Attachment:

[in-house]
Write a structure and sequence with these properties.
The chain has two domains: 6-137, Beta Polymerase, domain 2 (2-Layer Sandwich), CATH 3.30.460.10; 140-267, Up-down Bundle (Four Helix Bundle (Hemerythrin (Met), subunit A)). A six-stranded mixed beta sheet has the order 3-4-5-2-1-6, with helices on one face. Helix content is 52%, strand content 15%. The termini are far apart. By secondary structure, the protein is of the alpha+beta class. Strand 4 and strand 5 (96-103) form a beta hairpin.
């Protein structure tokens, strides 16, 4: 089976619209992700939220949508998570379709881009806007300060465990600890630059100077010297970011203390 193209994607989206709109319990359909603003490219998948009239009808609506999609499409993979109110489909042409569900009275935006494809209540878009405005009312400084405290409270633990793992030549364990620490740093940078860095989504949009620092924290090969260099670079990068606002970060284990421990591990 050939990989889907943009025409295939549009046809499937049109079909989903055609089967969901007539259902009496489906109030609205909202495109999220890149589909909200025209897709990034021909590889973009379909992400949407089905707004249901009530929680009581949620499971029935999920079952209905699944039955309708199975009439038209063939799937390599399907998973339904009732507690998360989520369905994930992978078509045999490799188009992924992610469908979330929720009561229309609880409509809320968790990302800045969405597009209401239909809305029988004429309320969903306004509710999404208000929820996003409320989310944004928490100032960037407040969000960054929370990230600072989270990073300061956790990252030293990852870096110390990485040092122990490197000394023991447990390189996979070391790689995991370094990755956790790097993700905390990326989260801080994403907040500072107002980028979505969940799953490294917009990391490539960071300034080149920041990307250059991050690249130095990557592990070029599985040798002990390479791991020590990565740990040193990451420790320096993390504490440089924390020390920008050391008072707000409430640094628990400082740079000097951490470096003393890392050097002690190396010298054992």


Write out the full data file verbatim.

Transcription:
[in-house]
Write a structure and sequence with these properties.
The chain has two domains: 6-137, Beta Polymerase, domain 2 (2-Layer Sandwich), CATH 3.30.460.10; 140-267, Up-down Bundle (Four Helix Bundle (Hemerythrin (Met), subunit A)). A six-stranded mixed beta sheet has the order 3-4-5-2-1-6, with helices on one face. Helix content is 52%, strand content 15%. The termini are far apart. By secondary structure, the protein is of the alpha+beta class. Strand 4 and strand 5 (96-103) form a beta hairpin.
């Protein structure tokens, strides 16, 4: 089976619209992700939220949508998570379709881009806007300060465990600890630059100077010297970011203390 193209994607989206709109319990359909603003490219998948009239009808609506999609499409993979109110489909042409569900009275935006494809209540878009405005009312400084405290409270633990793992030549364990620490740093940078860095989504949009620092924290090969260099670079990068606002970060284990421990591990 050939990989889907943009025409295939549009046809499937049109079909989903055609089967969901007539259902009496489906109030609205909202495109999220890149589909909200025209897709990034021909590889973009379909992400949407089905707004249901009530929680009581949620499971029935999920079952209905699944039955309708199975009439038209063939799937390599399907998973339904009732507690998360989520369905994930992978078509045999490799188009992924992610469908979330929720009561229309609880409509809320968790990302800045969405597009209401239909809305029988004429309320969903306004509710999404208000929820996003409320989310944004928490100032960037407040969000960054929370990230600072989270990073300061956790990252030293990852870096110390990485040092122990490197000394023991447990390189996979070391790689995991370094990755956790790097993700905390990326989260801080994403907040500072107002980028979505969940799953490294917009990391490539960071300034080149920041990307250059991050690249130095990557592990070029599985040798002990390479791991020590990565740990040193990451420790320096993390504490440089924390020390920008050391008072707000409430640094628990400082740079000097951490470096003393890392050097002690190396010298054992």